Sunday, July 31, 2005

The sun sets as we exit the trail at the Cog lot with our car still a bit down the road at the new trailhead. Posted by Picasa

Looking at the Southern Presidentials from the Jewell trail. Posted by Picasa

Junction of the Jewell and Gulfside trails. Posted by Picasa

The Gulfside trail close to Mt. Clay. Posted by Picasa

Another view of the Great Gulf. Posted by Picasa

The Great Gulf!! Posted by Picasa

The Great Gulf awaits ahead. Posted by Picasa

Kate and Jordan scamper ahead. Posted by Picasa

Just below the summit on the Gulfside trail we get grand views (for the next almost 2 hours) of the Great Gulf and Mt. Jefferson, Adams and Madison.
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The cog-railroad (operating since 1869) leaves the summit. Posted by Picasa

Not your normal summit view with the observation deck in the background. Posted by Picasa

One more looking back at the hut and Monroe and Eisenhower. Posted by Picasa

Again looking back on the Crawford Path. Posted by Picasa

Looking back on the Crawford Path we see Mt. Monroe, the Lake of the Clouds Hut and one of the "lakes of the clouds." Posted by Picasa

Kate and Jordan walk ahead on the Crawford Path. Mt. Washington and it observatory loom 1.5 miles and 1400 feet ahead. Posted by Picasa

Breaking above tree-line on the Ammonoosuc. Posted by Picasa

The Gem Pool on the Ammonoosuc Ravine Trail. Posted by Picasa

Mt. Washington July 30, 2005

This was perhaps our grandest hiking adventure – a circuit hike of Mt. Washington that featured about 4 miles of above tree-line hiking with magnificent views on a clear day. The camera cannot even begin to capture the panorama we saw.

We climbed up the very steep Ammonoosuc Ravine Trail to Lake of the Clouds Hut and then took the historic Crawford Path to the summit. I took a frightening spill on a wet ledge on the Ammonoosuc but my out-of-control fall was fortunately braked by the sidewall of the ledge. Moral- stay off wet ledges on steep trails.

As the highest peak in the Northeast, Mt. Washington attracts its share of hikers who can't go the distance. The kids observed without judgment the many couldn't make it. It is not only the physical conditioning but importantly the psychological conditioning that comes from previous hiking challenges that gets you to the summit. Without that conditioning and knowing that you can put one foot in front of the other and endure, your ego may scream at you that you can't make it. The kids today saw how far they have come – not only was the physical challenge fairly easy for them but they were essentially not even challenged on the psychological side.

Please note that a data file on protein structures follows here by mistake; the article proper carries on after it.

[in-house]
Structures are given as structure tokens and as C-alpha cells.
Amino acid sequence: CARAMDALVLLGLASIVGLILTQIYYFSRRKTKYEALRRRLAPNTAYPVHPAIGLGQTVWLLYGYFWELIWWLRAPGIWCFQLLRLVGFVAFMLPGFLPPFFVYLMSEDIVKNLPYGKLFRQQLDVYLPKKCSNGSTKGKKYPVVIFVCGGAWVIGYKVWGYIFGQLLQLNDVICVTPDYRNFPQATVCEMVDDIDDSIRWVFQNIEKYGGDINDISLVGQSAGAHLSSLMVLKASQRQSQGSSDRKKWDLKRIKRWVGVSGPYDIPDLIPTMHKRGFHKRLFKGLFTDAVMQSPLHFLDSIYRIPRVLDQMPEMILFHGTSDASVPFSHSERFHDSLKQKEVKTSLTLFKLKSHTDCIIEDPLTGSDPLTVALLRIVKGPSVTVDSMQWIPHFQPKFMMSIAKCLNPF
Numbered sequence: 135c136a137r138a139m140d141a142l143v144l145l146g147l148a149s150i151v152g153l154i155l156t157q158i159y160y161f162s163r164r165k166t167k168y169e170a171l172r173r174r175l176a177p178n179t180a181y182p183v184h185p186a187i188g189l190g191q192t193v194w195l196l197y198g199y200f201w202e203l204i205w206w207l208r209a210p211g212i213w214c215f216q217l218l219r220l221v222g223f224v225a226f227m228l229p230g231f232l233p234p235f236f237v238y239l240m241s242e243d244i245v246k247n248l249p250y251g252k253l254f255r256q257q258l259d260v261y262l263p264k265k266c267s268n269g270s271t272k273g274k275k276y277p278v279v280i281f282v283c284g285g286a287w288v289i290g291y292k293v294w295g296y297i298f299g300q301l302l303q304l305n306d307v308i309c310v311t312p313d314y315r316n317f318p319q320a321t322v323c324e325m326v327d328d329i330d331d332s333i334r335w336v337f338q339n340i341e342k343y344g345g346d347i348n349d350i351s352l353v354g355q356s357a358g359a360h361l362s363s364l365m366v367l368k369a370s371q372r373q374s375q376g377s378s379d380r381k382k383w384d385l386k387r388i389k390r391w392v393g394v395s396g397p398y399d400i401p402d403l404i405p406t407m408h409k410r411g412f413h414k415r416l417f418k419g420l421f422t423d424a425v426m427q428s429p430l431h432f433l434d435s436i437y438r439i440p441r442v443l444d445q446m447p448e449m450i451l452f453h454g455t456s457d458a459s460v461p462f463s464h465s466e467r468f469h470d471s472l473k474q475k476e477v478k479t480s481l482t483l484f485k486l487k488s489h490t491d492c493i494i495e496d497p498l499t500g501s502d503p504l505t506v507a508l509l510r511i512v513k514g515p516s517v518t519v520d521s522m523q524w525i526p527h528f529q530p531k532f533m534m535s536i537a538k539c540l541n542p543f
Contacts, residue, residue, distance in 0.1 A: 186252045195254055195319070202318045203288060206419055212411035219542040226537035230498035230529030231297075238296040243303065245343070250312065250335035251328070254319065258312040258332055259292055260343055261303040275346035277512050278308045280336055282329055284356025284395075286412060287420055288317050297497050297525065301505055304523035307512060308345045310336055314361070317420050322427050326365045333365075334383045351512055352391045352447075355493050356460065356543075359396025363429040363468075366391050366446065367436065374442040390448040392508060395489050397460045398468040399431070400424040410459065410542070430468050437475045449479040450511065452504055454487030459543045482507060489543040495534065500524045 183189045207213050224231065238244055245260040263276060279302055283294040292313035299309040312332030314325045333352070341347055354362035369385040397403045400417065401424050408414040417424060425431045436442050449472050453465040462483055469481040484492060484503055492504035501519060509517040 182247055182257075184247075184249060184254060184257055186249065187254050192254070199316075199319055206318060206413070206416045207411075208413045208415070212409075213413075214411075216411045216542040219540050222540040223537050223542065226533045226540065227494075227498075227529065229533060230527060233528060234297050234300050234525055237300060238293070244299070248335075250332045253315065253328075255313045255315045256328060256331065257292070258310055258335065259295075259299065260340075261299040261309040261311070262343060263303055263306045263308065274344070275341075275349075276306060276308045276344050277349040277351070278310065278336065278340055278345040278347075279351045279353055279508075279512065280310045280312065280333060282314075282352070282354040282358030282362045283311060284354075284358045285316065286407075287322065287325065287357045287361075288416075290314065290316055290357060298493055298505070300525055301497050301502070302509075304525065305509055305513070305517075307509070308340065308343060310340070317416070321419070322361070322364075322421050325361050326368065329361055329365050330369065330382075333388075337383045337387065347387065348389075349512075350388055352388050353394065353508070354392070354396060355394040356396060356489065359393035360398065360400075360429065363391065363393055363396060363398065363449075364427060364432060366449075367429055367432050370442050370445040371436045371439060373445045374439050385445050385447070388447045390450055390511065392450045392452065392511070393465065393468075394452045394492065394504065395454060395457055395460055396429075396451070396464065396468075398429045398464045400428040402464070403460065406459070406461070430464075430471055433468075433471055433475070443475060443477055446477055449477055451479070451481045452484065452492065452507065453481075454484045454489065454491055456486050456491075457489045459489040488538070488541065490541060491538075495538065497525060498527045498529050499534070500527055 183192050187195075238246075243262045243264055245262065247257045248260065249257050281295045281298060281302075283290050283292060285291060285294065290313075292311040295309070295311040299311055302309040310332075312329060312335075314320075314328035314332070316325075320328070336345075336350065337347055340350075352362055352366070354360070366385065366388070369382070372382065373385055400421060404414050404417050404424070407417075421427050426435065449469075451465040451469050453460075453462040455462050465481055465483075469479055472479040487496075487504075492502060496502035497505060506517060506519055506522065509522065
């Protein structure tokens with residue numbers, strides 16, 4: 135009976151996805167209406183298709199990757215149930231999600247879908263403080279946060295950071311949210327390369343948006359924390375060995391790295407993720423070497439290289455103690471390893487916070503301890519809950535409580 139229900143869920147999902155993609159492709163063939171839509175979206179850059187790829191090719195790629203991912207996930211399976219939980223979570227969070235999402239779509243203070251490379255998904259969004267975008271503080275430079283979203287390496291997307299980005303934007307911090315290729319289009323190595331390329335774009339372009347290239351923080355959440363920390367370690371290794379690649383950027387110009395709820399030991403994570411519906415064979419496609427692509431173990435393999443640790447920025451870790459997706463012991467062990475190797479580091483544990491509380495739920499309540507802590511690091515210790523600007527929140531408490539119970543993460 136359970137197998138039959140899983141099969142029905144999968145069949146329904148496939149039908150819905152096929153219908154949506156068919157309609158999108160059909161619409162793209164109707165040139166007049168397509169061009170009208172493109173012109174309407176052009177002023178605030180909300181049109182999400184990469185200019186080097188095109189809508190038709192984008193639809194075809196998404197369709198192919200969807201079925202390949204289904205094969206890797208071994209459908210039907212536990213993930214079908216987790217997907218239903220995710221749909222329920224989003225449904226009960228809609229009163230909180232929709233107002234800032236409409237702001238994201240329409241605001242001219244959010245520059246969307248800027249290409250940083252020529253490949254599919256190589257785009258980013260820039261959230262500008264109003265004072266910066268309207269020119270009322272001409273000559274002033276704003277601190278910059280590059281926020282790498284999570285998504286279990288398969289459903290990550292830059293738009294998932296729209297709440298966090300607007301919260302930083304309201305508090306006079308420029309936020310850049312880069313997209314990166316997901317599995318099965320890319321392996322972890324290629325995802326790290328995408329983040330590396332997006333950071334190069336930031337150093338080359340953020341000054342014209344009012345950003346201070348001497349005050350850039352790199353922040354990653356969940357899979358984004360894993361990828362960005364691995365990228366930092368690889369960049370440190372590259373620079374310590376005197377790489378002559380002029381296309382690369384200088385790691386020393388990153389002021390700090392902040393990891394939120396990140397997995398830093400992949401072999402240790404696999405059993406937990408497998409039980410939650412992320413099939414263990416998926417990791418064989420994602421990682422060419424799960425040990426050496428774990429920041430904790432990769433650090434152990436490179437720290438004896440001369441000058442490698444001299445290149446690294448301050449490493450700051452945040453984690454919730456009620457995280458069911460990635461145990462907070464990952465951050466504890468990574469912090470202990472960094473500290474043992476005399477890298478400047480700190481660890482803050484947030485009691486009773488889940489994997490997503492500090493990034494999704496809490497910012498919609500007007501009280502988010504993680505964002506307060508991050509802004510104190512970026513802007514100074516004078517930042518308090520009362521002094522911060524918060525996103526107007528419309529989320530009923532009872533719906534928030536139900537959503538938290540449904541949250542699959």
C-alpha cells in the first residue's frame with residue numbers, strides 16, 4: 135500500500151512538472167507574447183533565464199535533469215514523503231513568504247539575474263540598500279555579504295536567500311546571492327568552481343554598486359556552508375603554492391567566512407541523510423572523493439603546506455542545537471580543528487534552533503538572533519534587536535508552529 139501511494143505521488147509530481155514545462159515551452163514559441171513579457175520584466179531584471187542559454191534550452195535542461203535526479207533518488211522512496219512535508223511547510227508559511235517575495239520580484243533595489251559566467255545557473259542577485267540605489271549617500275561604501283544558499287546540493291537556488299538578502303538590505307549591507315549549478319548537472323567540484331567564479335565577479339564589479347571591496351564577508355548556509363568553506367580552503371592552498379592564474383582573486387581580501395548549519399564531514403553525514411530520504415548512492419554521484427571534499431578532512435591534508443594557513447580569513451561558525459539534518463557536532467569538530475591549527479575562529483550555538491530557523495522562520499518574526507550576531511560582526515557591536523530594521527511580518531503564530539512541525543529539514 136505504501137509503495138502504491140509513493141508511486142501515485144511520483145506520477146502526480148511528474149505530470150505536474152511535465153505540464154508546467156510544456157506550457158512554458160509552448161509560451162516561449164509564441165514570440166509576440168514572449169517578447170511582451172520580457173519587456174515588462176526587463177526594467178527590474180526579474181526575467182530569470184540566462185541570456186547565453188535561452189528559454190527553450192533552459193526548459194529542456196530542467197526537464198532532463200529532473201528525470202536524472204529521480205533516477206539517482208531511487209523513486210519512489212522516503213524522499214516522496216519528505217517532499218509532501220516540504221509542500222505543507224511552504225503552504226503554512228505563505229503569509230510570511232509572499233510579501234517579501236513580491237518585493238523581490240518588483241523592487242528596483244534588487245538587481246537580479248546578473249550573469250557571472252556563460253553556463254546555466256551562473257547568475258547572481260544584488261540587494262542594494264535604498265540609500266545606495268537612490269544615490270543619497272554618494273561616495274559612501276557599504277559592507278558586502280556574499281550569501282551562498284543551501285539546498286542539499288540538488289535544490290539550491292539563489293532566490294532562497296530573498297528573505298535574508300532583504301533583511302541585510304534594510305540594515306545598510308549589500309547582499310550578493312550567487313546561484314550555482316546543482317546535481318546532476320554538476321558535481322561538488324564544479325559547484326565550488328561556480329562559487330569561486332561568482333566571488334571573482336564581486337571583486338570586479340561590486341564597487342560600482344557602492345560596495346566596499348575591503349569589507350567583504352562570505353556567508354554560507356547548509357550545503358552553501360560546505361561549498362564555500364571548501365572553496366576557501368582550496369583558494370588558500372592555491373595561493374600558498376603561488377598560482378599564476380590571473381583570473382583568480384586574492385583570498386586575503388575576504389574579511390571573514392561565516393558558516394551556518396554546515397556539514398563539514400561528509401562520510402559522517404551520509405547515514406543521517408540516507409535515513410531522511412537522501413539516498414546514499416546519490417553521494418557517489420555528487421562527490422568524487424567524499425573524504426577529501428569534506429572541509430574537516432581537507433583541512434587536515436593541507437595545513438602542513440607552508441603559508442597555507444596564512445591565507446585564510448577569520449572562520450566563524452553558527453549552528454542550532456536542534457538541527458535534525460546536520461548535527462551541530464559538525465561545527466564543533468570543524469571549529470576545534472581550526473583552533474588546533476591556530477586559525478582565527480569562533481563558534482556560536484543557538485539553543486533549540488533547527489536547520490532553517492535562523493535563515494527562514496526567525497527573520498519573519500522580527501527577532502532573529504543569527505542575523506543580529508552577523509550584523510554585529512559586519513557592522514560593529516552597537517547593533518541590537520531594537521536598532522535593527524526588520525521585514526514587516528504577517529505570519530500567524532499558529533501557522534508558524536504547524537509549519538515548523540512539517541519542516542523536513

The summit is of course crowded with folks who arrived by auto-road or cog railroad. At 3pm it was 48 degrees at the summit with 21 miles an hour winds and 88 degrees and calm in the valley below.

After the summit we hiked down the other side on the Gulfside trail. For almost 2 hours we had spectacular views of the Great Gulf and Mts. Clay, Jefferson, Adams and Madison. Then down the Jewell trail and out (because the bridge was out on the new trail) at the old trailhead at the Cog railroad. We exited the trail, shortly after 8pm, just as the sun was setting.

Distance 10 miles; Climb 3900 ft; Elevation 6288 ft.

Friday, July 22, 2005

Kate and the Canadian Wood Lilies. Posted by Picasa

Kate spotted rare Canadian Wood Lilies in a meadow, close to the end of the hike. Posted by Picasa

The North peaks looms about 1 mile from the end of a long day.  Posted by Picasa

Except for the bugs, which were thick today, after the slide the rest of the hike is a super woodlands walk. Posted by Picasa

The ski slopes on Tecumseh are about 8 miles away (from the bottom of the South slide)  Posted by Picasa

Only another 1000 feet on the slide to go. Who's idea was this anyway? :-) Posted by Picasa

At the top of the South slide. Posted by Picasa

From the Middle peak. Posted by Picasa